Steve Jobs: A Few Memories

I’m so sad this evening—as millions are—to hear of Steve Jobs’s death. Scattered over the last quarter century, I learned much from Steve Jobs, and was proud to consider him a friend. And indeed, he contributed in various ways to all three of my major life projects so far: Mathematica, A New Kind of Science and Wolfram|Alpha.

I first met Steve Jobs in 1987, when he was quietly building his first NeXT computer, and I was quietly building the first version of Mathematica. A mutual friend had made the introduction, and Steve Jobs wasted no time in saying that he was planning to make the definitive computer for higher education, and he wanted Mathematica to be part of it. I don’t now remember the details of our first meeting, but at the end of it, Steve gave me his business card, which tonight I found duly still sitting in my files:

Steve Jobs business card

This essay is also in Idea Makers: Personal Perspectives on the Lives & Ideas of Some Notable People »

Over the months after our first meeting, I had all sorts of interactions with Steve about Mathematica. Actually, it wasn’t yet called Mathematica then, and one of the big topics of discussion was what it should be called. At first it had been Omega (yes, like Alpha) and later PolyMath. Steve thought those were lousy names. I gave him lists of names I’d considered, and pressed him for his suggestions. For a while he wouldn’t suggest anything. But then one day he said to me: “You should call it Mathematica”.

I’d actually considered that name, but rejected it. I asked Steve why he thought it was good, and he told me his theory for a name was to start from the generic term for something, then romanticize it. His favorite example at the time was Sony’s Trinitron. Well, it went back and forth for a while. But in the end I agreed that, yes, Mathematica was a good name. And so it has been now for nearly 24 years.

As Mathematica was being developed, we showed it to Steve Jobs quite often. He always claimed he didn’t understand the math of it (though I later learned from a good friend of mine who had known Steve in high school that Steve had definitely taken at least one calculus course). But he made all sorts of “make it simpler” suggestions about the interface and the documentation. With one slight exception, perhaps of at least curiosity interest to Mathematica aficionados: he suggested that cells in Mathematica notebook documents (now CDFs) should be indicated not by simple vertical lines—but instead by brackets with little serifs at their ends. And as it happens, that idea opened the way to thinking of hierarchies of cells, and ultimately to many features of symbolic documents.

In June 1988 we were ready to release Mathematica. But NeXT had not yet released its computer, Steve Jobs was rarely seen in public, and speculation about what NeXT was up to had become quite intense. So when Steve Jobs agreed that he would appear at our product announcement, it was a huge thing for us.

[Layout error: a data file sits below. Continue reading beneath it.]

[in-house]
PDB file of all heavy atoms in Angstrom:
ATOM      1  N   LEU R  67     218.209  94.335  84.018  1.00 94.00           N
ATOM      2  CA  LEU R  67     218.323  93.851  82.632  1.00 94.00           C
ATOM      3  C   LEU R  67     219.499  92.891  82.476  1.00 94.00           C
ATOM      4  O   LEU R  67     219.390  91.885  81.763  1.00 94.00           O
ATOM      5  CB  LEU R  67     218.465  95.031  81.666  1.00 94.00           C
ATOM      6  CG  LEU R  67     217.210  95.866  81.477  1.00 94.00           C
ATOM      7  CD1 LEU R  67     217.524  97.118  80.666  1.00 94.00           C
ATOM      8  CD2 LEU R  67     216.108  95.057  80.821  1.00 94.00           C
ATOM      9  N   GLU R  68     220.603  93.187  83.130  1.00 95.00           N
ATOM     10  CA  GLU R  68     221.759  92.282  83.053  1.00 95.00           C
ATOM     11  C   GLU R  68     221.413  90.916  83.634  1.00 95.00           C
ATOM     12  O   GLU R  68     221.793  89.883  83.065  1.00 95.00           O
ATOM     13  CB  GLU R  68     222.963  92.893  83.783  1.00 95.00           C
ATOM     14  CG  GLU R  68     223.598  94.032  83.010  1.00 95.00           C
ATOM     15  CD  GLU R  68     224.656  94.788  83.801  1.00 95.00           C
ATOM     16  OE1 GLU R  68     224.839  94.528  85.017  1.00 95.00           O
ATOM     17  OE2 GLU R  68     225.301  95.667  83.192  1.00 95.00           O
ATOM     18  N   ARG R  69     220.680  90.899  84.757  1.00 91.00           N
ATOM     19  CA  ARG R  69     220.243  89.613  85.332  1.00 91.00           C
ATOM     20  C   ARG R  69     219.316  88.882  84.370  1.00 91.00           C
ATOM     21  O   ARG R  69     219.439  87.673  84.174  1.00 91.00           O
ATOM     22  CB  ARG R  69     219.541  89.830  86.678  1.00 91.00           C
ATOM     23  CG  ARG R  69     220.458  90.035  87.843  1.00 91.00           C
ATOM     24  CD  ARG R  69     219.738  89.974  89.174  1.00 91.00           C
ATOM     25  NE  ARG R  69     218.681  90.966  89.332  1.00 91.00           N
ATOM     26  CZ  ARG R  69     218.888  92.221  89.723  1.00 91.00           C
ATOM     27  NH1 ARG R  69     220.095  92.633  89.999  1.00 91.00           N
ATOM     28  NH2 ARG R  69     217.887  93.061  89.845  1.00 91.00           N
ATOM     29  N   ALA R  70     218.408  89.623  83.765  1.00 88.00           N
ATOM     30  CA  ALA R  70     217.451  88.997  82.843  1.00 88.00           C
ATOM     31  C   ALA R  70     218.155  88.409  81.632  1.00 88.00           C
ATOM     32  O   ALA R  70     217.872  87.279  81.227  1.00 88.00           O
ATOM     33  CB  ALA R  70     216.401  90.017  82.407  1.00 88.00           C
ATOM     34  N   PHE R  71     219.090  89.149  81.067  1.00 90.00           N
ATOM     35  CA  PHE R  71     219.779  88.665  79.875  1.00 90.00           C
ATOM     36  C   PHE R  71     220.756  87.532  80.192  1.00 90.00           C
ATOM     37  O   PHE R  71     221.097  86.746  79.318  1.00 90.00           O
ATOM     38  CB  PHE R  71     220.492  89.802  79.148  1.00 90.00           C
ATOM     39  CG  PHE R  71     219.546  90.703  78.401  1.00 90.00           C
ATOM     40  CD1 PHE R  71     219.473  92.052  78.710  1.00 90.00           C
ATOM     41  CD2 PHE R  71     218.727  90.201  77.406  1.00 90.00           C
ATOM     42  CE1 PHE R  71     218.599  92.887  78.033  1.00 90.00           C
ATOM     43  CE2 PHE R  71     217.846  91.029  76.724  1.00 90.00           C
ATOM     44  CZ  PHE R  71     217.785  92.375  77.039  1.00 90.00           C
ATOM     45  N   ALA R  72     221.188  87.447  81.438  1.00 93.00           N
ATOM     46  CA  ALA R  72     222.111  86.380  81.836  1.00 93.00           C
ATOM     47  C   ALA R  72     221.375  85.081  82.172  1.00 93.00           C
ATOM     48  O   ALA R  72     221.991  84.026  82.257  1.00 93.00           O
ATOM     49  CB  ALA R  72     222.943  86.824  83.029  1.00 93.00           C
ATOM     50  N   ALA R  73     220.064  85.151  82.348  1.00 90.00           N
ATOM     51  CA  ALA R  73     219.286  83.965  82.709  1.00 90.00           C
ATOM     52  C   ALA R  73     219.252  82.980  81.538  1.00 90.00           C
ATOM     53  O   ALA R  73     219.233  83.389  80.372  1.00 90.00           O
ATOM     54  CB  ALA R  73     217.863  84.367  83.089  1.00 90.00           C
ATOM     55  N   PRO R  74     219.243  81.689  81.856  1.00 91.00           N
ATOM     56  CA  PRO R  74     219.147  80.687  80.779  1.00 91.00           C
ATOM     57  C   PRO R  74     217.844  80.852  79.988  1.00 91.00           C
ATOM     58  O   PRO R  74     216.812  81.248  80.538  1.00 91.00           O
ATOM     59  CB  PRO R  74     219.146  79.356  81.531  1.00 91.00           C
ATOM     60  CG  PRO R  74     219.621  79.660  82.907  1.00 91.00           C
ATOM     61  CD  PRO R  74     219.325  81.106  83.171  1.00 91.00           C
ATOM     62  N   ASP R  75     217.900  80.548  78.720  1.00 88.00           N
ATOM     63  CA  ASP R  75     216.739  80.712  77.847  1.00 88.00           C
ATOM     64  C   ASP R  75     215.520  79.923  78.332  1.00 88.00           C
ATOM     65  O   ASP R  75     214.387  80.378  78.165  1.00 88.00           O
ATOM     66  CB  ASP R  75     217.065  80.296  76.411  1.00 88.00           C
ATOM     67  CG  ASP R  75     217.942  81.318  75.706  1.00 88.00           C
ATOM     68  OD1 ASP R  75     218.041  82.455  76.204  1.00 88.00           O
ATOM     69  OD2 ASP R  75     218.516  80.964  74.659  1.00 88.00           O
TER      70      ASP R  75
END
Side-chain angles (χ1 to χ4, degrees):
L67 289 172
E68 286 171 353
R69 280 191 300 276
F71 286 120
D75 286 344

He gave a lovely talk, discussing how he expected more and more fields to become computational, and to need the services of algorithms and of Mathematica. It was a very clean statement of a vision which has indeed worked out as he predicted. (And now it’s nice when I hear through the grapevine that there are all sorts of algorithms central to the iPhone that were developed with the help of Mathematica.)

A while later, the NeXT was duly released, and a copy of Mathematica was bundled with every computer. Although the NeXT was not in its own right a commercial success, Steve’s decision to bundle Mathematica turned out to be a really good idea, and was often quoted as the #1 reason people had bought NeXTs.

And as a curious footnote to history (which I learned years later), one batch of NeXTs bought for the purpose of running Mathematica went to CERN in Geneva, Switzerland—where they ended up having no less distinction than being the computers on which the web was first developed.

I used to see Steve Jobs with some regularity in those days. One time I went to see him in NeXT’s swank new offices in Redwood City. I particularly wanted to talk to him about Mathematica as a computer language. He always preferred user interfaces to languages, but he was trying to be helpful. The conversation was going on, but he said he couldn’t go to dinner, and actually he was quite distracted, because he was going out on a date that evening—and he hadn’t been on a date for a long time. He explained that he’d just met the woman he was seeing a few days earlier, and was very nervous about his date. The Steve Jobs—so confident as a businessman and technologist—had melted away, and he was asking me—hardly a noted known authority on such things—about his date.

As it turned out, the date apparently worked out—and within 18 months the woman he met became his wife, and remained so until the end.

My direct interactions with Steve Jobs decreased during the decade that I was for all practical purposes a hermit working on A New Kind of Science. For most of that time, though, I used a NeXT computer in almost every waking hour—and in fact my main discoveries were made on it. And when the book was finished, Steve asked for a pre-release copy, which I duly sent.